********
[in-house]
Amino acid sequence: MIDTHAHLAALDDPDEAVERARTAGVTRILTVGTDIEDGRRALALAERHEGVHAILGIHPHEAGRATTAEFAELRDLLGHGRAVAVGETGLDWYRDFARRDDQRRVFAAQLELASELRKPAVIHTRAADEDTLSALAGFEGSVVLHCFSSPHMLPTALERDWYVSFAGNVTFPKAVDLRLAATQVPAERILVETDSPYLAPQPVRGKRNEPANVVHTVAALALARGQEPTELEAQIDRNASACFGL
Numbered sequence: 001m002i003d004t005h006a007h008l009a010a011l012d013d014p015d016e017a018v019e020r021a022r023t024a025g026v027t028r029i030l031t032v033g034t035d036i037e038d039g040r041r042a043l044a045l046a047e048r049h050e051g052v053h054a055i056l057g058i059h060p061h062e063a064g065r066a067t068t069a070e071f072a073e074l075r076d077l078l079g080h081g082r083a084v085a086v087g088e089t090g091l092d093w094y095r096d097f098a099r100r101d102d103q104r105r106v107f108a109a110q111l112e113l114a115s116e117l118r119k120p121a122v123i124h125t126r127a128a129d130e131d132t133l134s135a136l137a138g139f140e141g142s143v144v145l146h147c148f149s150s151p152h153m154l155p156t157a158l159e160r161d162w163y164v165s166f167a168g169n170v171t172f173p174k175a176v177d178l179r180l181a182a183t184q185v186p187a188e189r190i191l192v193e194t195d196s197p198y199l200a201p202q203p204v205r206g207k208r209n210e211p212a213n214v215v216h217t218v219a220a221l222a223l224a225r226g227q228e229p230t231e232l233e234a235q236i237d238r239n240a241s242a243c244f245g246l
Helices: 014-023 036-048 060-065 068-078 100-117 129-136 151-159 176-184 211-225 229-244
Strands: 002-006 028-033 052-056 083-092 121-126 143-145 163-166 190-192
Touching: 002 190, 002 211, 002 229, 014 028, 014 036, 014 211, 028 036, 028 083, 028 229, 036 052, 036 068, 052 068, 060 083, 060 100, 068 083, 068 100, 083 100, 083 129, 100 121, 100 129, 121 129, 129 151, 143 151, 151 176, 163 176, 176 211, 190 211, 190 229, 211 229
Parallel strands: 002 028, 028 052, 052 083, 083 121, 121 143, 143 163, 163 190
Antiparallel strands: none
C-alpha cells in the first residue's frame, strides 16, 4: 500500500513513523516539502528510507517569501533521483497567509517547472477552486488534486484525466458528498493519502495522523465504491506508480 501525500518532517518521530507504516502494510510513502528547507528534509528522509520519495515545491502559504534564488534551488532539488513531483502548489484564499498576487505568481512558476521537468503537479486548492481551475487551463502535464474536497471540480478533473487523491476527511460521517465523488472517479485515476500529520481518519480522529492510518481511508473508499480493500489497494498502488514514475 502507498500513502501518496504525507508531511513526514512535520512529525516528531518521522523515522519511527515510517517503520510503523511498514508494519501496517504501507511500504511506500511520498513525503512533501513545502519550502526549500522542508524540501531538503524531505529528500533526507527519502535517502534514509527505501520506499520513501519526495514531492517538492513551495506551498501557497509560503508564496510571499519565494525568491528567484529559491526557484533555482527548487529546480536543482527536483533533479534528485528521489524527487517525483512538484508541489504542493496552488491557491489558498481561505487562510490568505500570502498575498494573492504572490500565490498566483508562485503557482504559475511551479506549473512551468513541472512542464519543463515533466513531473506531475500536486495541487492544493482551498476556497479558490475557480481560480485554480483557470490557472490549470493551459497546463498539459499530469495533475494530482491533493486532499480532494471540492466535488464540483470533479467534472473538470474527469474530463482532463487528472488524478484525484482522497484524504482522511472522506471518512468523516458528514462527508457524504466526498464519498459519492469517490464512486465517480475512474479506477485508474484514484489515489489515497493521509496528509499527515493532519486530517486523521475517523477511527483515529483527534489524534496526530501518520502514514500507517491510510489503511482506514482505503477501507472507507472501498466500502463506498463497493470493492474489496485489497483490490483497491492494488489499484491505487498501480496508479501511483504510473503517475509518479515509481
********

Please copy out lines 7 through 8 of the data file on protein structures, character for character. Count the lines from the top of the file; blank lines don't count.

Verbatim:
Parallel strands: 002 028, 028 052, 052 083, 083 121, 121 143, 143 163, 163 190
Antiparallel strands: none